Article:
US President Barack Obama on Tuesday called on Rwandan President Paul Kagame to end all support for rebels in the conflict-wracked Democratic Republic of Congo, the White House said.
The White House issued the strongly worded statement about the leaders’ call after Washington imposed sanctions on two top leaders of the M23 rebel group, saying they had used child soldiers and singled out children as targets.
In his telephone conversation with Kagame, Obama “underscored that any support to the rebel group M23 is inconsistent with Rwanda’s desire for stability and peace,” the White House said.
Obama stressed to Kagame “the importance of permanently ending all support to armed groups in the DRC, abiding by the recent commitments he made… and reaching a transparent and credible political agreement that includes an end to impunity for M23 commanders and others” who committed rights abuses, it said.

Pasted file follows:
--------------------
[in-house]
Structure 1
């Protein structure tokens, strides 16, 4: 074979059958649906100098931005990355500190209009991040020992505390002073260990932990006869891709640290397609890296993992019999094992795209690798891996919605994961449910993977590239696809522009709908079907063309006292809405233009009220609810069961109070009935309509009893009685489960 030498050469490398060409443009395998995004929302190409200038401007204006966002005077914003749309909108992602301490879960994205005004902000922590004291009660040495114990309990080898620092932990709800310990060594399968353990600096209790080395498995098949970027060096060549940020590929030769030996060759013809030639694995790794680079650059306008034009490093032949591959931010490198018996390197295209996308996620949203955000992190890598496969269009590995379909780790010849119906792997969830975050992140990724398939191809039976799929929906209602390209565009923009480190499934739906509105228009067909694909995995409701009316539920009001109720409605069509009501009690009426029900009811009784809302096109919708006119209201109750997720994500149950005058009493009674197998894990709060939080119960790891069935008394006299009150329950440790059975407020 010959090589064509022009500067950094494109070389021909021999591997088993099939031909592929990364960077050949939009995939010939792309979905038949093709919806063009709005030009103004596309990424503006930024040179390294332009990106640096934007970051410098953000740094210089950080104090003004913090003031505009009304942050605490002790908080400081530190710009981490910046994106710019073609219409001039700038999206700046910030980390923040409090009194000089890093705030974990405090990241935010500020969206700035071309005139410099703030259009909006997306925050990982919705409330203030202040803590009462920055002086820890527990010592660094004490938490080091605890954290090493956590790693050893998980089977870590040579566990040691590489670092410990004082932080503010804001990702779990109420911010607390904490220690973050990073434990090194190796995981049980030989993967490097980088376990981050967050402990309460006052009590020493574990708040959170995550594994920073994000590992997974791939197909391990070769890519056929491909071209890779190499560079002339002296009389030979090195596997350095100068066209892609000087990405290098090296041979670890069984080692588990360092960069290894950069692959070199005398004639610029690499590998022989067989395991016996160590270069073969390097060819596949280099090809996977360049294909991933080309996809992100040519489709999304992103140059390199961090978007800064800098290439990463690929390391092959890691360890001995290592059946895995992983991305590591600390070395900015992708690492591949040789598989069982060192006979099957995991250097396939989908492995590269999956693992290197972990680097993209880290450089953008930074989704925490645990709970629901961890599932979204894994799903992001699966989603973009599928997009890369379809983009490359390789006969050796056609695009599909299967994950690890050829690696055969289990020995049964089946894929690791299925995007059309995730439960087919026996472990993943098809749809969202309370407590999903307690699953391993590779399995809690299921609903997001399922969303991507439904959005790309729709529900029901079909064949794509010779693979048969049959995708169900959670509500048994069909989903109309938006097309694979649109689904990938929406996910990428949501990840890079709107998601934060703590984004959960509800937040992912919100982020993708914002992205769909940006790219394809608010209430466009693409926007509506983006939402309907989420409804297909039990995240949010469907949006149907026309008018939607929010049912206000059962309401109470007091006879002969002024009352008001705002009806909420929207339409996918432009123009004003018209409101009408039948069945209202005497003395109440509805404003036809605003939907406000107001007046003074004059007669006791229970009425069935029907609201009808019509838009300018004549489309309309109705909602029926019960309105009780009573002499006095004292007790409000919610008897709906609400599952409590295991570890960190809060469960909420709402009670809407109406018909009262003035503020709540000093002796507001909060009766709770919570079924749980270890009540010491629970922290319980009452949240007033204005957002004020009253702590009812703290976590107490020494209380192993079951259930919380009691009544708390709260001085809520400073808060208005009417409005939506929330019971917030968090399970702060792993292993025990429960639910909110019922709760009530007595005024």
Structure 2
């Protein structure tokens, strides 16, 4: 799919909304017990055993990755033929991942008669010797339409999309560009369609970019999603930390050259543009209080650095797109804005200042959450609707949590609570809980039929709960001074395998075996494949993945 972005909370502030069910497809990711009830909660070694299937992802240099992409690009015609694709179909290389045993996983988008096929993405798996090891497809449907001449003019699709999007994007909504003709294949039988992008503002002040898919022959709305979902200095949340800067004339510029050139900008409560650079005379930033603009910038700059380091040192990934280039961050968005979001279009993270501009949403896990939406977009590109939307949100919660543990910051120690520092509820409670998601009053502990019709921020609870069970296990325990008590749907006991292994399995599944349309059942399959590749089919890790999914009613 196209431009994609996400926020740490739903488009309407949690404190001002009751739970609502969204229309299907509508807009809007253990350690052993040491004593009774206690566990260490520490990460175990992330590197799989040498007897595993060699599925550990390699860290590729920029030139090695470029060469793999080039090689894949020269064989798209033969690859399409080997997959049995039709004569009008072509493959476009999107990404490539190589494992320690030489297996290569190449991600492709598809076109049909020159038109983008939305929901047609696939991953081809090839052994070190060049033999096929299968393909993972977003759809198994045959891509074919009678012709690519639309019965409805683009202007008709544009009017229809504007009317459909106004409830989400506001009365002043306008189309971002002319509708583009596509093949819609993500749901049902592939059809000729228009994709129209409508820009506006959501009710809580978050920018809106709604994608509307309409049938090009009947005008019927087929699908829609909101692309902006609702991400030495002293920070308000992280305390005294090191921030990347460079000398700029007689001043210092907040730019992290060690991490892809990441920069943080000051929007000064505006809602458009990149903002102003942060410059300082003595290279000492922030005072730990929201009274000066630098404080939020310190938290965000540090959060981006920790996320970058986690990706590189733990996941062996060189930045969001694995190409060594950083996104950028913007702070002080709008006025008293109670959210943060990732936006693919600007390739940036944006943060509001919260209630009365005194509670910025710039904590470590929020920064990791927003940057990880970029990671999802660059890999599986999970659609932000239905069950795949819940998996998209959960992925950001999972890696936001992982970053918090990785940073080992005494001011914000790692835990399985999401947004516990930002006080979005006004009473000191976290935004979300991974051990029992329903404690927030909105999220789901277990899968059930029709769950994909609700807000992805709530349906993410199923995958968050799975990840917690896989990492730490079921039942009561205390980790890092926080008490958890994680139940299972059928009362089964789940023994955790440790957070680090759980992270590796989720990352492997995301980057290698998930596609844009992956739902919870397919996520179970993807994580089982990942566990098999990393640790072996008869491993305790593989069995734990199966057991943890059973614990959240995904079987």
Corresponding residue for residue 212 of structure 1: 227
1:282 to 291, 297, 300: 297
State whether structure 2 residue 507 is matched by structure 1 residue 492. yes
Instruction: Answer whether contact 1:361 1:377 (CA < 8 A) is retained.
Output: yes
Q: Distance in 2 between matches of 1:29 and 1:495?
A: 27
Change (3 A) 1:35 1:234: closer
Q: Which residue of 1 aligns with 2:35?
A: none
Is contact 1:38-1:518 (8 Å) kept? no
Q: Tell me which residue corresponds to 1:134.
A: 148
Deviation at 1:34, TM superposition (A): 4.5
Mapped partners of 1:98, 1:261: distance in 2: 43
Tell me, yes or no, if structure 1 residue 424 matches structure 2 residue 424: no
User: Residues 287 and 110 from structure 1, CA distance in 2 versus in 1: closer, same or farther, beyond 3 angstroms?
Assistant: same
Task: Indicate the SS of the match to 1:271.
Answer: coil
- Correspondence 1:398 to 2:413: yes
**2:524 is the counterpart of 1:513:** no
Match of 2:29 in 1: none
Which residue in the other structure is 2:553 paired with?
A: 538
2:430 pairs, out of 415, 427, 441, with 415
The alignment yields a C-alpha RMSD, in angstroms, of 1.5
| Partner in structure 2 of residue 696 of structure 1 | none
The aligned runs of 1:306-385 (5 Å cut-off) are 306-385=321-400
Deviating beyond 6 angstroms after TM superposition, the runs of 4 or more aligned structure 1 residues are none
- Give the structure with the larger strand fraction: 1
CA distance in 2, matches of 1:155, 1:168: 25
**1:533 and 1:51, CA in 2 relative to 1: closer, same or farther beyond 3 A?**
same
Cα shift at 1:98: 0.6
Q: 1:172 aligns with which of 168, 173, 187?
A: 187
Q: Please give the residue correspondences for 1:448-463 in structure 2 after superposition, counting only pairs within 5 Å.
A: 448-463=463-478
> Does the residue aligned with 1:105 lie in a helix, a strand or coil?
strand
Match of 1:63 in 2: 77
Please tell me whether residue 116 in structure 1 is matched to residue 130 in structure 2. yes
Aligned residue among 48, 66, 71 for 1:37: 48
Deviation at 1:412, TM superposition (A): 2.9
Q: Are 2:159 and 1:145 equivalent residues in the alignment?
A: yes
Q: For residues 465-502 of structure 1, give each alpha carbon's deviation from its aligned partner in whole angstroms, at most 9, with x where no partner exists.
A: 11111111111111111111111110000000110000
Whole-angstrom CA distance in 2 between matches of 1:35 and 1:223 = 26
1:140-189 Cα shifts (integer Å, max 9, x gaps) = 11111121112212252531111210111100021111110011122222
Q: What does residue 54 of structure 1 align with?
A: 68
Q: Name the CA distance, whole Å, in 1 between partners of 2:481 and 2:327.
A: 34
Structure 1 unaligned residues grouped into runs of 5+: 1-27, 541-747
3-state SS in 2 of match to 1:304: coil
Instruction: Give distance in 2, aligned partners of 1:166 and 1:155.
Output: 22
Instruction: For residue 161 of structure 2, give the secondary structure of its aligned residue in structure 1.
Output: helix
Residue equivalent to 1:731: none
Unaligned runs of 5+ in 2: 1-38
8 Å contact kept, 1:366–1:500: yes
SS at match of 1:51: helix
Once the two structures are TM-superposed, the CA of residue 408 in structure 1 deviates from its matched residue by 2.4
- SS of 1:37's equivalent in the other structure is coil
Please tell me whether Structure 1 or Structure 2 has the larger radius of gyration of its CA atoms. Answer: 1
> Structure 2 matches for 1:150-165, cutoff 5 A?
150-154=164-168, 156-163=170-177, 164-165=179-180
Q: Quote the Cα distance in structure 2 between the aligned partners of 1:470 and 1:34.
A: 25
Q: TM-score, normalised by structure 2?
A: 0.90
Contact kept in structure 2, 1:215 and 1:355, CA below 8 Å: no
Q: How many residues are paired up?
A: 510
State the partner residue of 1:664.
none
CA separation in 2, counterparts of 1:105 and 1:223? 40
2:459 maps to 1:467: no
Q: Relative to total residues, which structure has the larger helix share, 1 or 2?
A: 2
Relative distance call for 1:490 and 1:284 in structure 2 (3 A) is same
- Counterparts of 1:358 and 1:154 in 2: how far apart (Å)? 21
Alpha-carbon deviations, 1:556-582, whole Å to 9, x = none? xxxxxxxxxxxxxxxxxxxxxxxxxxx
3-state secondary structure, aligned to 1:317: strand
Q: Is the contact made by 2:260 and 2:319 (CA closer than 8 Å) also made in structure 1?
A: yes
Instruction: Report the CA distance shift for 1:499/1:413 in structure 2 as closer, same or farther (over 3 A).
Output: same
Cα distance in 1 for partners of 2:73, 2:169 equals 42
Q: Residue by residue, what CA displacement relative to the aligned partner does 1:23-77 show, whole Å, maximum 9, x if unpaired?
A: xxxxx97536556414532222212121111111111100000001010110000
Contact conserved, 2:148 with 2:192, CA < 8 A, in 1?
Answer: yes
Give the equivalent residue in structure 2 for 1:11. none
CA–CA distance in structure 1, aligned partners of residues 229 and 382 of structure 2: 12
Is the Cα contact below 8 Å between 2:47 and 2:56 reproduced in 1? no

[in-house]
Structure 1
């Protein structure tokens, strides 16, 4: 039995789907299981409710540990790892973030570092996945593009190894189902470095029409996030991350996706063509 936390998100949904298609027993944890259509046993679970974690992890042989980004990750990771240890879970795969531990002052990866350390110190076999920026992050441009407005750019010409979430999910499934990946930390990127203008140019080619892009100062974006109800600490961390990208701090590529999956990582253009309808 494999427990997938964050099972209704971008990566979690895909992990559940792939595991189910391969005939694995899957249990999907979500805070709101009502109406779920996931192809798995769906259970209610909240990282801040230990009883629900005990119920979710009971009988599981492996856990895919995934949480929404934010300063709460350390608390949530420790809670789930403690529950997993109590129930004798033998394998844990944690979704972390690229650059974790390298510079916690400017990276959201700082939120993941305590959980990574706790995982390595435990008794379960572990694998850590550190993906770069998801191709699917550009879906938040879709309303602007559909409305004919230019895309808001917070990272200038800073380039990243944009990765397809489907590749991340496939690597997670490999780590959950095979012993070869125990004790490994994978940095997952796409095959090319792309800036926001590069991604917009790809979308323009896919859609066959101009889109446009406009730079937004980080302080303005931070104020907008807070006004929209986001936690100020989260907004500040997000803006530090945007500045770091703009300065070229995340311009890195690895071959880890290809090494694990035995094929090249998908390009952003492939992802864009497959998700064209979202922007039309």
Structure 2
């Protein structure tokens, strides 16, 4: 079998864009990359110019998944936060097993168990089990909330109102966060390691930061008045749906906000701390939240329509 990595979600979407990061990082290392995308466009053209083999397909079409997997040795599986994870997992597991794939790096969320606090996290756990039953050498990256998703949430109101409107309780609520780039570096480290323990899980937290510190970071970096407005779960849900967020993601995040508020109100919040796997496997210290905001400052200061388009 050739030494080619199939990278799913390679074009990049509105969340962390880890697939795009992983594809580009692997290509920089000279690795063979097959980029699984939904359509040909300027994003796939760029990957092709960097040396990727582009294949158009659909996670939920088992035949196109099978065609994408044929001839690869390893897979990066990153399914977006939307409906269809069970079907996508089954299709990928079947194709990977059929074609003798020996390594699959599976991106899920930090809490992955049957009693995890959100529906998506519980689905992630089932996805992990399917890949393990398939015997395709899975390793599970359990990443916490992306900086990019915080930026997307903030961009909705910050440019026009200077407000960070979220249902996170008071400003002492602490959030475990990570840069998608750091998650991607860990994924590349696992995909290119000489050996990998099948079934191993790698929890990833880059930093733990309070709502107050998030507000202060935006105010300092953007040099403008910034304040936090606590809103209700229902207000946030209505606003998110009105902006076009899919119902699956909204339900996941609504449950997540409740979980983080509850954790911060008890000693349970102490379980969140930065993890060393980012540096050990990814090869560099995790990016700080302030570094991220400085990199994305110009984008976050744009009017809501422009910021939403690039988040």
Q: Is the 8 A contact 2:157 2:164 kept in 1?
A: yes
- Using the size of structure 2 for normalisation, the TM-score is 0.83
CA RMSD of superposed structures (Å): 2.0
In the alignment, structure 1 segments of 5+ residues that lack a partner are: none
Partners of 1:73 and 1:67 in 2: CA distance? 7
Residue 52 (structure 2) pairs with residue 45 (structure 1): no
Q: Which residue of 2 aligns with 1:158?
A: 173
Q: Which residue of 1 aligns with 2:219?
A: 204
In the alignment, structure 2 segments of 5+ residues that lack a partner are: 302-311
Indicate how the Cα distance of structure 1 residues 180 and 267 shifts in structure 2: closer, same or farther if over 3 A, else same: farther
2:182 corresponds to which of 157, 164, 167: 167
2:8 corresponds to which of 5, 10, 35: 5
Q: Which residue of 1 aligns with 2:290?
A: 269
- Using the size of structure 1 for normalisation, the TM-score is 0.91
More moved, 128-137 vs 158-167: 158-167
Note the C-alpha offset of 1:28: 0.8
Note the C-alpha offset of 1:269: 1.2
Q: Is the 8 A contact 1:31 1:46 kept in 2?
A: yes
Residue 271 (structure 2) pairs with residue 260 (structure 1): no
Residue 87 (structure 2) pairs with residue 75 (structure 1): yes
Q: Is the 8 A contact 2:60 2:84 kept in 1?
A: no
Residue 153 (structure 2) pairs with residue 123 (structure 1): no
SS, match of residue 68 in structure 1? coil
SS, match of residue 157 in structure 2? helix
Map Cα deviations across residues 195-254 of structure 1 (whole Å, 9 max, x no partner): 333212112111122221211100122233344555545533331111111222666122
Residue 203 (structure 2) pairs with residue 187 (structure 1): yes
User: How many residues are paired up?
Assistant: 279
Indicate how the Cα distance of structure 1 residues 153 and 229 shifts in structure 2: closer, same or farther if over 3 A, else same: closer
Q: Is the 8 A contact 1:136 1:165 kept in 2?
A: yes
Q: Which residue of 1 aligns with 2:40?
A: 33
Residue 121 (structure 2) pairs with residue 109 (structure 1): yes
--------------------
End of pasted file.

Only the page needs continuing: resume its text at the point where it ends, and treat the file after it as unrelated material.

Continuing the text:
The DR Congo government has been battling the M23, former army soldiers who UN experts say are backed by Rwanda, since they launched a mutiny in April.
Several of the group’s leaders have been hit by UN sanctions over alleged atrocities.
Obama called for a political agreement in DR Congo that “addresses the underlying regional security, economic and governance issues while upholding the DRC’s sovereignty and territorial integrity.”
The White House said he had delivered the same message to DRC President Joseph Kabila.
During their talks, Obama and Kagame also discussed the DRC’s “longstanding governance problems,” according to the White House.
“President Obama welcomed President Kagame’s commitment to moving forward in finding a peaceful solution for eastern DRC,” it added.
Also on Tuesday, the United States launched a fresh appeal for the arrest and prosecution of two rebel leaders from Rwanda and DR Congo wanted by the International Criminal Court for war crimes.
Sylvestre Mudacumura, the head of Rwanda’s main Hutu rebel group and DR Congo’s Bosco Ntaganda, an ex-general who spurred the ongoing mutiny in the east, are both the subject of outstanding ICC warrants.
By AFP – The East African